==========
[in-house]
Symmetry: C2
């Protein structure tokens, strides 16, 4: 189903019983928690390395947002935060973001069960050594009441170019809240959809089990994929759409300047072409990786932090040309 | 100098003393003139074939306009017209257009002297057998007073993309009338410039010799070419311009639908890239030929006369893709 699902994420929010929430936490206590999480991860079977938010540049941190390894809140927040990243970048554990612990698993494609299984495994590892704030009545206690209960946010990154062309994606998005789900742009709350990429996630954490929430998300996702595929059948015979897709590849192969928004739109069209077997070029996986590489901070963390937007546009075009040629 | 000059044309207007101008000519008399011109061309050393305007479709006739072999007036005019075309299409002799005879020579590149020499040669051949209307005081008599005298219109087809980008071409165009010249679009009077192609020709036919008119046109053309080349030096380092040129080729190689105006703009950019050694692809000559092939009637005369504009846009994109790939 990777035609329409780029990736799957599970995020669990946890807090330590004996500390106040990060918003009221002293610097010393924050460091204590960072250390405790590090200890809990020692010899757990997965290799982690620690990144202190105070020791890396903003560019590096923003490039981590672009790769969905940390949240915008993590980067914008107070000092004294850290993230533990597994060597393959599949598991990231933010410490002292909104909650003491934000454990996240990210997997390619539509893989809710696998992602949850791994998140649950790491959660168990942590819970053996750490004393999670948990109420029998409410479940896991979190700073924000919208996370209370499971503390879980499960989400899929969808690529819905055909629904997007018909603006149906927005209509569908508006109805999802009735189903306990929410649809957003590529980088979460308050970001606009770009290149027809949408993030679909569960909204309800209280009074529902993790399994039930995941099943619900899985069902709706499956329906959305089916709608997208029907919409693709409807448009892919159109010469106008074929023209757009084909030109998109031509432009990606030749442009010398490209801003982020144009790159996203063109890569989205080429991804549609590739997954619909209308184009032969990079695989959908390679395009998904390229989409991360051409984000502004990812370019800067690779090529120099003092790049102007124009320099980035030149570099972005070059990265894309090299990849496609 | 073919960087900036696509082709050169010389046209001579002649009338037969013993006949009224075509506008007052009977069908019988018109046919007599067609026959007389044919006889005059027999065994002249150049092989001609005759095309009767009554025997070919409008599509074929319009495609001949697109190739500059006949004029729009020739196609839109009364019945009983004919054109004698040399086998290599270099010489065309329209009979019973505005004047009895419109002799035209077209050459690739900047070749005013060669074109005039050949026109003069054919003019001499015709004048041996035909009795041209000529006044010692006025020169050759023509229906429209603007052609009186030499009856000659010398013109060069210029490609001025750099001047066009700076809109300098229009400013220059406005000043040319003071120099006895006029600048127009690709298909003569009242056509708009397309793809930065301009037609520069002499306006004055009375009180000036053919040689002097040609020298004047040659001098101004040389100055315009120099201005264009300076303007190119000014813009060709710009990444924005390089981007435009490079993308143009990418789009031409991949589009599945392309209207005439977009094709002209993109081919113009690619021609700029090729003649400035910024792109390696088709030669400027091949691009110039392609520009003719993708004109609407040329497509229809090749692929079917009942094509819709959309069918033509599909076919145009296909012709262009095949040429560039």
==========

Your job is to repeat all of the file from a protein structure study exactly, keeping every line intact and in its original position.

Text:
[in-house]
Symmetry: C2
């Protein structure tokens, strides 16, 4: 189903019983928690390395947002935060973001069960050594009441170019809240959809089990994929759409300047072409990786932090040309 | 100098003393003139074939306009017209257009002297057998007073993309009338410039010799070419311009639908890239030929006369893709 699902994420929010929430936490206590999480991860079977938010540049941190390894809140927040990243970048554990612990698993494609299984495994590892704030009545206690209960946010990154062309994606998005789900742009709350990429996630954490929430998300996702595929059948015979897709590849192969928004739109069209077997070029996986590489901070963390937007546009075009040629 | 000059044309207007101008000519008399011109061309050393305007479709006739072999007036005019075309299409002799005879020579590149020499040669051949209307005081008599005298219109087809980008071409165009010249679009009077192609020709036919008119046109053309080349030096380092040129080729190689105006703009950019050694692809000559092939009637005369504009846009994109790939 990777035609329409780029990736799957599970995020669990946890807090330590004996500390106040990060918003009221002293610097010393924050460091204590960072250390405790590090200890809990020692010899757990997965290799982690620690990144202190105070020791890396903003560019590096923003490039981590672009790769969905940390949240915008993590980067914008107070000092004294850290993230533990597994060597393959599949598991990231933010410490002292909104909650003491934000454990996240990210997997390619539509893989809710696998992602949850791994998140649950790491959660168990942590819970053996750490004393999670948990109420029998409410479940896991979190700073924000919208996370209370499971503390879980499960989400899929969808690529819905055909629904997007018909603006149906927005209509569908508006109805999802009735189903306990929410649809957003590529980088979460308050970001606009770009290149027809949408993030679909569960909204309800209280009074529902993790399994039930995941099943619900899985069902709706499956329906959305089916709608997208029907919409693709409807448009892919159109010469106008074929023209757009084909030109998109031509432009990606030749442009010398490209801003982020144009790159996203063109890569989205080429991804549609590739997954619909209308184009032969990079695989959908390679395009998904390229989409991360051409984000502004990812370019800067690779090529120099003092790049102007124009320099980035030149570099972005070059990265894309090299990849496609 | 073919960087900036696509082709050169010389046209001579002649009338037969013993006949009224075509506008007052009977069908019988018109046919007599067609026959007389044919006889005059027999065994002249150049092989001609005759095309009767009554025997070919409008599509074929319009495609001949697109190739500059006949004029729009020739196609839109009364019945009983004919054109004698040399086998290599270099010489065309329209009979019973505005004047009895419109002799035209077209050459690739900047070749005013060669074109005039050949026109003069054919003019001499015709004048041996035909009795041209000529006044010692006025020169050759023509229906429209603007052609009186030499009856000659010398013109060069210029490609001025750099001047066009700076809109300098229009400013220059406005000043040319003071120099006895006029600048127009690709298909003569009242056509708009397309793809930065301009037609520069002499306006004055009375009180000036053919040689002097040609020298004047040659001098101004040389100055315009120099201005264009300076303007190119000014813009060709710009990444924005390089981007435009490079993308143009990418789009031409991949589009599945392309209207005439977009094709002209993109081919113009690619021609700029090729003649400035910024792109390696088709030669400027091949691009110039392609520009003719993708004109609407040329497509229809090749692929079917009942094509819709959309069918033509599909076919145009296909012709262009095949040429560039």